This spring marks the 40th anniversary of the end of the Vietnam War. Daniel Ellsberg was a key figure whose revelations contributed to the war’s end. Ellsberg is a former Marine and adviser on the Vietnam War to President Richard Nixon and Secretary of State Henry Kissinger. He is best known for provoking a national political crisis in 1971 when he released the Pentagon Papers to The New York Times, and other newspapers. The Pentagon Papers revealed that top US government officials had been lying about the Vietnam War to the American people.
For leaking the Pentagon Papers, Ellsberg was charged with theft, conspiracy and violations of the Espionage Act, but his case was dismissed as a mistrial when evidence surfaced about the government-ordered wiretappings of his phone and break-ins of his psychiatrist’s office.
Henry Kissinger referred to Ellsberg as “the most dangerous man in America,” but many view Daniel Ellsberg as hero who risked his career and even his personal freedom to help expose the deception of his own government in carrying out the Vietnam War.
Tom Hayden was a leader of the student, civil rights, peace and environmental movements of the 1960s. He went on to serve 18 years in the California legislature. He was a founder of Students for a Democratic Society and was described by the NY Times as “the single greatest figure of the 1960s student movement.”
During the Vietnam War, he made controversial trips to Hanoi with his former wife, actress Jane Fonda, to promote peace talks and facilitate the release of American POWs. He helped lead street demonstrations against the war at the 1968 Chicago Democratic Convention, where he was beaten, gassed and arrested twice. Hayden was indicted in 1969 with seven others on conspiracy and incitement charges in what became the Chicago Eight trial, considered one of the leding political trials of the last century.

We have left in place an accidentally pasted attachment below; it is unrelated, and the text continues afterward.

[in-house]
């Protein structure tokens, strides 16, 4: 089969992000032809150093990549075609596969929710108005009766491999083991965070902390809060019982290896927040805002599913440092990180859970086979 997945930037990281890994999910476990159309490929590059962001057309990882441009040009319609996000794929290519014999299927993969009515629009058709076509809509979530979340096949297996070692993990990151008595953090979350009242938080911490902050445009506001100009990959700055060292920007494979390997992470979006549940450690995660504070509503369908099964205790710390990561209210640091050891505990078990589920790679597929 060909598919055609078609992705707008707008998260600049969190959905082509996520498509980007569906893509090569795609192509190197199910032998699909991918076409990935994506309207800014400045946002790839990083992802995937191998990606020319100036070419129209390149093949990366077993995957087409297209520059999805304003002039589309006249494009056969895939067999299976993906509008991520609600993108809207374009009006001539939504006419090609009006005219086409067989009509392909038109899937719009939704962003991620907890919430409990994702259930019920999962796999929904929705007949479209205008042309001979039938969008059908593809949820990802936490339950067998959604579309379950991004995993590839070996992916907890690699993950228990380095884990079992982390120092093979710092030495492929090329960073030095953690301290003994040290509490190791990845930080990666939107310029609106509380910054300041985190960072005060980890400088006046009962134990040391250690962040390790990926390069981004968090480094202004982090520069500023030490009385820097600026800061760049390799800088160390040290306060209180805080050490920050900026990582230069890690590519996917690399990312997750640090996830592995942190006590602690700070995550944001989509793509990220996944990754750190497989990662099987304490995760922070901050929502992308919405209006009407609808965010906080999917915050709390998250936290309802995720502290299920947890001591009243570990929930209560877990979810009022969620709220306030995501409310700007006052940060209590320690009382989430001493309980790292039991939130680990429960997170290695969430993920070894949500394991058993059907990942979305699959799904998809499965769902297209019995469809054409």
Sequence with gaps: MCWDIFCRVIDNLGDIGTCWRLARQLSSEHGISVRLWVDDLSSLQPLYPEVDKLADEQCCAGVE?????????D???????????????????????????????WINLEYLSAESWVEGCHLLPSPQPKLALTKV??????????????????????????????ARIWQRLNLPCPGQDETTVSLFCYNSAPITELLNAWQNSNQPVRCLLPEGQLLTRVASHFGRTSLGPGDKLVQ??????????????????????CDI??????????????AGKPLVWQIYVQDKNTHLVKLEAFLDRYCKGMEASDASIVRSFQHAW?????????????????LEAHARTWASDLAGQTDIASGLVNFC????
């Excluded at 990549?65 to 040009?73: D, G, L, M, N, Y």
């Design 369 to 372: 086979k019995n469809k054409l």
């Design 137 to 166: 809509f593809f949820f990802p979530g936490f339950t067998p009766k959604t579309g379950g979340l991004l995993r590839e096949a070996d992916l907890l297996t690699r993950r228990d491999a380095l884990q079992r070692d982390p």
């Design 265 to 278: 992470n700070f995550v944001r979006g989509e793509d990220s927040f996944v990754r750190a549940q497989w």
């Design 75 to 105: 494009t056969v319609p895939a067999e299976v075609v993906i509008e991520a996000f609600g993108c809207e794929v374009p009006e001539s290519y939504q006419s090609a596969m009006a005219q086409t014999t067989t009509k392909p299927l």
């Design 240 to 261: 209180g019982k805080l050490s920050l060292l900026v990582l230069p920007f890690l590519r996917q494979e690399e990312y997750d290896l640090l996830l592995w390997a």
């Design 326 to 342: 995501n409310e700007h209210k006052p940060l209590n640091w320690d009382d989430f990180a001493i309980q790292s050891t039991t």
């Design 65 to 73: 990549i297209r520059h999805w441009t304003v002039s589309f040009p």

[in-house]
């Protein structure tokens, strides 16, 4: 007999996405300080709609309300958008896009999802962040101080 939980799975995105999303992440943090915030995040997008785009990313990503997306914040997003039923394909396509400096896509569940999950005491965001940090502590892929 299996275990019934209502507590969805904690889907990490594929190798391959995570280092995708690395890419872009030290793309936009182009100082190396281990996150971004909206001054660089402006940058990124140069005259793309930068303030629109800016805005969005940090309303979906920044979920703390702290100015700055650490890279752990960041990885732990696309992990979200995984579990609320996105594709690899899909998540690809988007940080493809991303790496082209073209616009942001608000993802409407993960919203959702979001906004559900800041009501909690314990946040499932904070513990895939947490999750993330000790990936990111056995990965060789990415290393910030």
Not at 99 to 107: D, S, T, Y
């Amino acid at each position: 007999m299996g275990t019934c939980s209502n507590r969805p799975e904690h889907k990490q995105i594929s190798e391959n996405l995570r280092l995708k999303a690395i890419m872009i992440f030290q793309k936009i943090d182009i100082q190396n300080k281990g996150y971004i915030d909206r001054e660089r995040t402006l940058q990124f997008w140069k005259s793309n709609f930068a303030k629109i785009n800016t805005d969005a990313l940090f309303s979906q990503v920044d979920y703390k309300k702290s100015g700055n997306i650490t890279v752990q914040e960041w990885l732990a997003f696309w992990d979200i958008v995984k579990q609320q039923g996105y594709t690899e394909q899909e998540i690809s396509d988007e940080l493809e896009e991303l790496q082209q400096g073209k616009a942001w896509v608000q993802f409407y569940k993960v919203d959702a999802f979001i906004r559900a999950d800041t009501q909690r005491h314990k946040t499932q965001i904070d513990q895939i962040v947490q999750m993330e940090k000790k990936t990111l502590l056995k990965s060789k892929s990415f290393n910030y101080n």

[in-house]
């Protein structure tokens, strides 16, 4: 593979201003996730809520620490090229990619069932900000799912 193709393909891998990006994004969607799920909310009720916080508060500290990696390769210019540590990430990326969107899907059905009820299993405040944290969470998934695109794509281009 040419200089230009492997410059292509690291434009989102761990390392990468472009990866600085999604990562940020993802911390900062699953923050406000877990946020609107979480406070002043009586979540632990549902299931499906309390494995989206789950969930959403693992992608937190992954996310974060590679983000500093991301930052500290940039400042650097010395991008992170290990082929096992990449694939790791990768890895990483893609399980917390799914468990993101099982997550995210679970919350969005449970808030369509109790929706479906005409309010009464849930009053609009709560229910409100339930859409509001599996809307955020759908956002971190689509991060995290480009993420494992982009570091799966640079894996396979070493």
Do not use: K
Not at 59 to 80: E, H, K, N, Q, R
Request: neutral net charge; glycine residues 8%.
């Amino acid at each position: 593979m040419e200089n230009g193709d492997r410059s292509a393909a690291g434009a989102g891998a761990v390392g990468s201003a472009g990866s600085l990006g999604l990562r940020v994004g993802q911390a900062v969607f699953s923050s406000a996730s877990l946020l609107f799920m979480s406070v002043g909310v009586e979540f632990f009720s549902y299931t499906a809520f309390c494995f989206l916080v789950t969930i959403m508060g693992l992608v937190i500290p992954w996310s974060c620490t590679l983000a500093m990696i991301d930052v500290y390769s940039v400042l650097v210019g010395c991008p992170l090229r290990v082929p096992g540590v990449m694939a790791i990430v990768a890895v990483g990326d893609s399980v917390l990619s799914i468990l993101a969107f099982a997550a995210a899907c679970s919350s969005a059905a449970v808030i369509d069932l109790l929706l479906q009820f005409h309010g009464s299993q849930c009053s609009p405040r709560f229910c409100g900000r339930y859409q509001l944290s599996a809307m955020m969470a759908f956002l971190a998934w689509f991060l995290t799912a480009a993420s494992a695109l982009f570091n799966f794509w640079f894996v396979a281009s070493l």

Hayden is Director of the Peace and Justice Resource Center in Culver City, California, he organizes, travels and speaks on a variety of issues. He helps advise Gov Jerry Brown on renewable energy, and He is the author and editor of 20 books, his current one is Why Cuba Matters.
Tom Hayden is now 75 years old. I caught up with him last week at the U of Michigan Ann Arbor, where Hayden was speaking at the 50th anniversary of the first Vietnam War teach in held on a US college campus.
Mark Jenkins, award winning writer for National Geographic, mountaineer and international explorer, talks about his global journeys, including his recent climb of Mt. Everest, biking the Ho Chi Minh Trail in Vietnam, searching for gorillas and getting detained in Rwanda, investigating landmines in Cambodia, as well as the meaning of life, death, and the quest for true adventure.